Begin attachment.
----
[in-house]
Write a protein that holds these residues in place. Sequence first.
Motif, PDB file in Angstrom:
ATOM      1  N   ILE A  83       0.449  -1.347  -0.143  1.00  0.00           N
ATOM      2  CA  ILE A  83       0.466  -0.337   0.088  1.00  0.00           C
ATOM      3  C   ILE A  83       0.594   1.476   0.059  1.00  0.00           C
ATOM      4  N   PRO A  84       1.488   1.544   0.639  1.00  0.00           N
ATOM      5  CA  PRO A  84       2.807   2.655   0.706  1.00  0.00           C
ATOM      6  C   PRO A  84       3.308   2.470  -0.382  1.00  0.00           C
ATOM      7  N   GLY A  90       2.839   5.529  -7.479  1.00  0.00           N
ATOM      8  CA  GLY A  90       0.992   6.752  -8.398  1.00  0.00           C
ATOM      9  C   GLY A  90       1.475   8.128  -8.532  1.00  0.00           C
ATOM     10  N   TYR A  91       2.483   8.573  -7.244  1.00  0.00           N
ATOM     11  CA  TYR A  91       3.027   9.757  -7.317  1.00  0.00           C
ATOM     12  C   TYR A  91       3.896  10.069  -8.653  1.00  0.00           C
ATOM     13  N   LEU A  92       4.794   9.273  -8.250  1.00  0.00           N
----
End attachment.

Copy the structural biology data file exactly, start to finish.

[in-house]
Write a protein that holds these residues in place. Sequence first.
Motif, PDB file in Angstrom:
ATOM      1  N   ILE A  83       0.449  -1.347  -0.143  1.00  0.00           N
ATOM      2  CA  ILE A  83       0.466  -0.337   0.088  1.00  0.00           C
ATOM      3  C   ILE A  83       0.594   1.476   0.059  1.00  0.00           C
ATOM      4  N   PRO A  84       1.488   1.544   0.639  1.00  0.00           N
ATOM      5  CA  PRO A  84       2.807   2.655   0.706  1.00  0.00           C
ATOM      6  C   PRO A  84       3.308   2.470  -0.382  1.00  0.00           C
ATOM      7  N   GLY A  90       2.839   5.529  -7.479  1.00  0.00           N
ATOM      8  CA  GLY A  90       0.992   6.752  -8.398  1.00  0.00           C
ATOM      9  C   GLY A  90       1.475   8.128  -8.532  1.00  0.00           C
ATOM     10  N   TYR A  91       2.483   8.573  -7.244  1.00  0.00           N
ATOM     11  CA  TYR A  91       3.027   9.757  -7.317  1.00  0.00           C
ATOM     12  C   TYR A  91       3.896  10.069  -8.653  1.00  0.00           C
ATOM     13  N   LEU A  92       4.794   9.273  -8.250  1.00  0.00           N